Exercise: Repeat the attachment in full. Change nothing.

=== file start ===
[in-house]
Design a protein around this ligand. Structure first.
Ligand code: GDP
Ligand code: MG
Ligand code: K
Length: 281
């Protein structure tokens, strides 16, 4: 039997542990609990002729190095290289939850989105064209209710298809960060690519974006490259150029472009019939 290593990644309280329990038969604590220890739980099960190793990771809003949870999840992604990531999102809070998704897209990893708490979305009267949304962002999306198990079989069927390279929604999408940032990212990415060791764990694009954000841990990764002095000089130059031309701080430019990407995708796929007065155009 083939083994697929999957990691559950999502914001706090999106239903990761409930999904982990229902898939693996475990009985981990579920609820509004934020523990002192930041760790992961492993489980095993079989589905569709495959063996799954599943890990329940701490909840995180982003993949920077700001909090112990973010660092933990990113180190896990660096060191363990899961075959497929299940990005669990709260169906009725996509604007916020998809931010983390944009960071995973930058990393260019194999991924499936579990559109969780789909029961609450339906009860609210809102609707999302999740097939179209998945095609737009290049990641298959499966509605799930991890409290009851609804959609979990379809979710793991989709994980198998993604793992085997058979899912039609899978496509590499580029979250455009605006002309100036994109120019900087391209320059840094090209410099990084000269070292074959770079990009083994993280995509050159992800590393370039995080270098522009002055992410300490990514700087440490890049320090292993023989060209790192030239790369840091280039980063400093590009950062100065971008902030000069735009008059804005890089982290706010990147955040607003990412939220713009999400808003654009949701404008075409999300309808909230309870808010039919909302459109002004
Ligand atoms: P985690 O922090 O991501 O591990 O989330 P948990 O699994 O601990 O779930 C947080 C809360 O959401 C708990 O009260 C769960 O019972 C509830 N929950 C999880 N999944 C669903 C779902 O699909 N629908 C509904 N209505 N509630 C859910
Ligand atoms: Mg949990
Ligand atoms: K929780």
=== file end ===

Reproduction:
[in-house]
Design a protein around this ligand. Structure first.
Ligand code: GDP
Ligand code: MG
Ligand code: K
Length: 281
């Protein structure tokens, strides 16, 4: 039997542990609990002729190095290289939850989105064209209710298809960060690519974006490259150029472009019939 290593990644309280329990038969604590220890739980099960190793990771809003949870999840992604990531999102809070998704897209990893708490979305009267949304962002999306198990079989069927390279929604999408940032990212990415060791764990694009954000841990990764002095000089130059031309701080430019990407995708796929007065155009 083939083994697929999957990691559950999502914001706090999106239903990761409930999904982990229902898939693996475990009985981990579920609820509004934020523990002192930041760790992961492993489980095993079989589905569709495959063996799954599943890990329940701490909840995180982003993949920077700001909090112990973010660092933990990113180190896990660096060191363990899961075959497929299940990005669990709260169906009725996509604007916020998809931010983390944009960071995973930058990393260019194999991924499936579990559109969780789909029961609450339906009860609210809102609707999302999740097939179209998945095609737009290049990641298959499966509605799930991890409290009851609804959609979990379809979710793991989709994980198998993604793992085997058979899912039609899978496509590499580029979250455009605006002309100036994109120019900087391209320059840094090209410099990084000269070292074959770079990009083994993280995509050159992800590393370039995080270098522009002055992410300490990514700087440490890049320090292993023989060209790192030239790369840091280039980063400093590009950062100065971008902030000069735009008059804005890089982290706010990147955040607003990412939220713009999400808003654009949701404008075409999300309808909230309870808010039919909302459109002004
Ligand atoms: P985690 O922090 O991501 O591990 O989330 P948990 O699994 O601990 O779930 C947080 C809360 O959401 C708990 O009260 C769960 O019972 C509830 N929950 C999880 N999944 C669903 C779902 O699909 N629908 C509904 N209505 N509630 C859910
Ligand atoms: Mg949990
Ligand atoms: K929780």